Building Capture Agents for the Detection of Plasmodium Lactate Dehydrogenase (pLDH) as Malaria In Vitro Diagnostics

Author:

Ann Chen

Mentors:

  • James Heath, Elizabeth W. Gilloon Professor of Chemistry, California Institute of Technology
  • Aiko Umeda, Postdoctoral Scholar in Chemistry, California Institute of Technology

Conventional protein-detection methods that identify malaria utilize antibodies for their high affinity and selectivity for their target protein; however, these antibodies are expensive and unstable, especially in the presence of thermal fluctuations. As an alternative to traditional antibody-based capture agents, more cost-effective and stable peptide-based multi-ligand protein-capture agents have been developed through the Huisgen 1,3-dipolar cycloaddition reaction and one-bead-one-compound (OBOC) peptide library screens (“in situ click screen”). In this study, a capture agent against pLDH is being constructed based on the in situ click screen strategy. We chose amino acid residues 285-295 of pLDH as a target epitope for general detection of malarial parasites since this epitope is conserved among the major Plasmodium species. We screened a linear 5-mer OBOC library of D-amino acids against the chemically synthesized epitope to isolate the anchor peptide NH2-hevwh-COOH, which showed moderate binding to pLDH in ELISA. Based on these ELISAs, we estimated the dissociation constant to be between 1-20 μM. We then screened the second OBOC library of 5-mer cyclic peptides of L-amino acids using the anchor peptide and full-length pLDH protein. The candidate biligand, hevwh-(YLGHK)cyclic, has been scaled up and is currently being tested for its affinity and selectivity for different strands of pLDH from major Plasmodium species. We expect that peptide-based multi-ligands will serve as drop-in replacements for antibodies as robust capture agents in malaria diagnostics.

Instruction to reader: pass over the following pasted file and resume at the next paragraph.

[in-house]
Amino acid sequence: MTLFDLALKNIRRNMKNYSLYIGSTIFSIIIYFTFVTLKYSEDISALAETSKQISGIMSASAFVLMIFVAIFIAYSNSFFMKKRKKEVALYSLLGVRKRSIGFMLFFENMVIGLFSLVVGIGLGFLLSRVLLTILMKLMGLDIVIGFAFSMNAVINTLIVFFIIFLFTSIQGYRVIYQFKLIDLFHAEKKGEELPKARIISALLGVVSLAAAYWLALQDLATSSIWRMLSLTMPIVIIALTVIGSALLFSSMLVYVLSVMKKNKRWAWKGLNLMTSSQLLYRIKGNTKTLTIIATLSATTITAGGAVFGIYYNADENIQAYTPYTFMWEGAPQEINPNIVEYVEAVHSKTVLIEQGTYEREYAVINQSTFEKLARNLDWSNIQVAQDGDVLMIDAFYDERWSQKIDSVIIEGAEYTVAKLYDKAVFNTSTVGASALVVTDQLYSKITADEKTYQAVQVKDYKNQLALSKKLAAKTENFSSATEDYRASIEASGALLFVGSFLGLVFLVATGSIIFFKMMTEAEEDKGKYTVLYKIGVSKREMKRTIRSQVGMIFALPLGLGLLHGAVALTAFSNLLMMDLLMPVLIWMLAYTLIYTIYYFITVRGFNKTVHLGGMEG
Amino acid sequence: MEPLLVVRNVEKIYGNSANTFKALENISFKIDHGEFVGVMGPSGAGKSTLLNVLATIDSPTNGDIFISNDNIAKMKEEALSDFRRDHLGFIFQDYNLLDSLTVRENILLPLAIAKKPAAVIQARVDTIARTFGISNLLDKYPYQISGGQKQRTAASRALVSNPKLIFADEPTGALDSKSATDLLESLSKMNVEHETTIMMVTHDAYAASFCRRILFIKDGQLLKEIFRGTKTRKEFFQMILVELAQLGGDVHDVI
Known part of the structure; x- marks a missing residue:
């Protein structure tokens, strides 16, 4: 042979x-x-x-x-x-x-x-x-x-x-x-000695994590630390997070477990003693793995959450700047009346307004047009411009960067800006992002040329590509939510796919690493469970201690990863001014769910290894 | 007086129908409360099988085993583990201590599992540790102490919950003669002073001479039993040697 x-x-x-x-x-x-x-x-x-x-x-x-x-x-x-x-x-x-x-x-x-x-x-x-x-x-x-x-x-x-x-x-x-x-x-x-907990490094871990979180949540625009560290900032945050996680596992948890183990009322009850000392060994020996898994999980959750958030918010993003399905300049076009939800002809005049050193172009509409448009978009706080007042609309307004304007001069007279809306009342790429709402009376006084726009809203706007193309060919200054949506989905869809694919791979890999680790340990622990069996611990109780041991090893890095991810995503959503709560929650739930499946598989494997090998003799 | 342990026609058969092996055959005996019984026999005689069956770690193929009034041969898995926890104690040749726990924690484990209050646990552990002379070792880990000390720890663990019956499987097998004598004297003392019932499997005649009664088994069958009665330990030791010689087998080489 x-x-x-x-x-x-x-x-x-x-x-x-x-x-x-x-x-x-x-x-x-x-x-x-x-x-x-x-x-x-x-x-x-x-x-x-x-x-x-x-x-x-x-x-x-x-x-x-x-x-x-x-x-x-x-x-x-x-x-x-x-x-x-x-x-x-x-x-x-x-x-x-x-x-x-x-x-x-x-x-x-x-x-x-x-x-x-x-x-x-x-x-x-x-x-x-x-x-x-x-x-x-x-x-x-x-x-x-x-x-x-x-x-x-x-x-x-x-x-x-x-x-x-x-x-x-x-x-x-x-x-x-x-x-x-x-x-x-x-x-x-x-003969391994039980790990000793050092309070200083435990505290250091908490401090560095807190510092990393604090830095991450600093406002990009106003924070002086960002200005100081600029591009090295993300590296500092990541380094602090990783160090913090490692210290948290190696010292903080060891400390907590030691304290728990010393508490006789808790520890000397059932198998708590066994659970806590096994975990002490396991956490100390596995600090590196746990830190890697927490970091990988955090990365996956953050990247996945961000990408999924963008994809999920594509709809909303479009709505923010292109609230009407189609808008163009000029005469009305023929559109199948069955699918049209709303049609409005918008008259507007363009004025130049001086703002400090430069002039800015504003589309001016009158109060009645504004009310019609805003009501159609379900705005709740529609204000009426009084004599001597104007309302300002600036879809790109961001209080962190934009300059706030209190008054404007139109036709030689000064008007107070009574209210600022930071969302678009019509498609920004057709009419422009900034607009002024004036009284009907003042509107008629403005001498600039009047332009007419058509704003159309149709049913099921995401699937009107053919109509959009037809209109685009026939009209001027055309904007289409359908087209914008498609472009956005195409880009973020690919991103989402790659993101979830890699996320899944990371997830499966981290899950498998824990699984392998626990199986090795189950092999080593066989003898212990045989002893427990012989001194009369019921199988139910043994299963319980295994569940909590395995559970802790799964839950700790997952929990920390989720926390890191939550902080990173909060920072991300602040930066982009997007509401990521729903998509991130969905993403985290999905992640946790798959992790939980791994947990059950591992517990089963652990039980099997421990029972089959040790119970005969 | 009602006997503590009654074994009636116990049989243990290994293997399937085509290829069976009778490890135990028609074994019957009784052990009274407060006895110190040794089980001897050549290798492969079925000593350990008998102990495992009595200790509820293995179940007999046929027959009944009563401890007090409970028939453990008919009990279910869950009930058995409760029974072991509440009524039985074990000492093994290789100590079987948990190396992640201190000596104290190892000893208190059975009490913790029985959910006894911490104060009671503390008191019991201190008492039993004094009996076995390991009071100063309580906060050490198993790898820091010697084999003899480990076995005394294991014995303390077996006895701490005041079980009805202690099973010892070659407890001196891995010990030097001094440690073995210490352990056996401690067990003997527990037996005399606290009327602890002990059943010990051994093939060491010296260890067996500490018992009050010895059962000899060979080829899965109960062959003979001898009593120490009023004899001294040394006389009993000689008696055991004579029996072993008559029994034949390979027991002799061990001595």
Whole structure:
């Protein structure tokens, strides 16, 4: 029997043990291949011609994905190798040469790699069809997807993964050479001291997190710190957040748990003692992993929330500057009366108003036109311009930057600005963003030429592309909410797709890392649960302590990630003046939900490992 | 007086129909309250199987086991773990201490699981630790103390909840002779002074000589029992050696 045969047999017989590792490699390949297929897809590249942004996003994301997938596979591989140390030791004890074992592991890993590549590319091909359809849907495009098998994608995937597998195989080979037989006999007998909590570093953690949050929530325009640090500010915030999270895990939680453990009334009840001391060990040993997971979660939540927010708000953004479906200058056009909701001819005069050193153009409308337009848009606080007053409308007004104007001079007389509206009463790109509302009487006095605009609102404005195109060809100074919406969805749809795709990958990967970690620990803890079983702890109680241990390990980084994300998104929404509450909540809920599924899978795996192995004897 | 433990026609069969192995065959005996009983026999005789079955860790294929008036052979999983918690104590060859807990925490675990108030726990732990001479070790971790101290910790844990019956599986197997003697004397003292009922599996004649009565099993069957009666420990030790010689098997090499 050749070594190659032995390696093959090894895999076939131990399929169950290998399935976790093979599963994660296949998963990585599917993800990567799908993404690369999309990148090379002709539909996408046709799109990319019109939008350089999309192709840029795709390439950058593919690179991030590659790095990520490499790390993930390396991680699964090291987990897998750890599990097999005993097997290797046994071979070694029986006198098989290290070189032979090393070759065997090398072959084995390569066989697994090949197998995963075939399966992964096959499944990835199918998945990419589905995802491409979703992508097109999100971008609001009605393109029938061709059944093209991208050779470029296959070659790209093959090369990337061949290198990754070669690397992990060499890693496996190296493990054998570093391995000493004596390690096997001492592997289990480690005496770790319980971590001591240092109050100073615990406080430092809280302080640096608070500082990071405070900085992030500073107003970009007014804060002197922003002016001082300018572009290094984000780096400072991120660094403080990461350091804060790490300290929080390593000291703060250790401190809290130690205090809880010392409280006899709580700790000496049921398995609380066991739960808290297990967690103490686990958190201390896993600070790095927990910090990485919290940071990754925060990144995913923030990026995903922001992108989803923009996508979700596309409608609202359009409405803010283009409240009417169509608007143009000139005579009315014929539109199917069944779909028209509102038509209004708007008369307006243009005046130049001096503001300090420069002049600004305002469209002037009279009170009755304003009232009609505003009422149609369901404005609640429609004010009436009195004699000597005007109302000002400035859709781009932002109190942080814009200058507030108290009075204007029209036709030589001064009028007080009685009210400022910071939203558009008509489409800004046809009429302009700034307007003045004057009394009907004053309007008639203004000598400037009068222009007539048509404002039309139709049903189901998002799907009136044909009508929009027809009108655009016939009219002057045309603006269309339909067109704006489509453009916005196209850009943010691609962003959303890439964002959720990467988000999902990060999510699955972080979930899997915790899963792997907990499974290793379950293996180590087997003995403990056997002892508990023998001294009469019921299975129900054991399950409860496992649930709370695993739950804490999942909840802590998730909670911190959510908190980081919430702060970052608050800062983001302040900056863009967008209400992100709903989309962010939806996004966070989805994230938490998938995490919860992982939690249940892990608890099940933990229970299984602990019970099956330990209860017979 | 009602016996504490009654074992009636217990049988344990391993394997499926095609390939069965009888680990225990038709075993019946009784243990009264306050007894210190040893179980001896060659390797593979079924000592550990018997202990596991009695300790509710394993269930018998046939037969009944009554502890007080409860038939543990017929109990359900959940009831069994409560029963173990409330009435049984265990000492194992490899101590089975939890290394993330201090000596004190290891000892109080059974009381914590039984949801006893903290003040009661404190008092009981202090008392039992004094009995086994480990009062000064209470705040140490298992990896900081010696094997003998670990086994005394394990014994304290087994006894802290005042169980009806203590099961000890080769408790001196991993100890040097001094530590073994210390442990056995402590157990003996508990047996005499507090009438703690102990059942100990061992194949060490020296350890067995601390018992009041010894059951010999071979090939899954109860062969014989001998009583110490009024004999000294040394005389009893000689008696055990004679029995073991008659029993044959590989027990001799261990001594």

Presented by:

Ann Chen

Date:

Saturday, November 23, 2013

Time:

1:40 PM — 1:55 PM

Room:

Science 301

Presentation Type:

Oral Presentation

Discipline:

Chemistry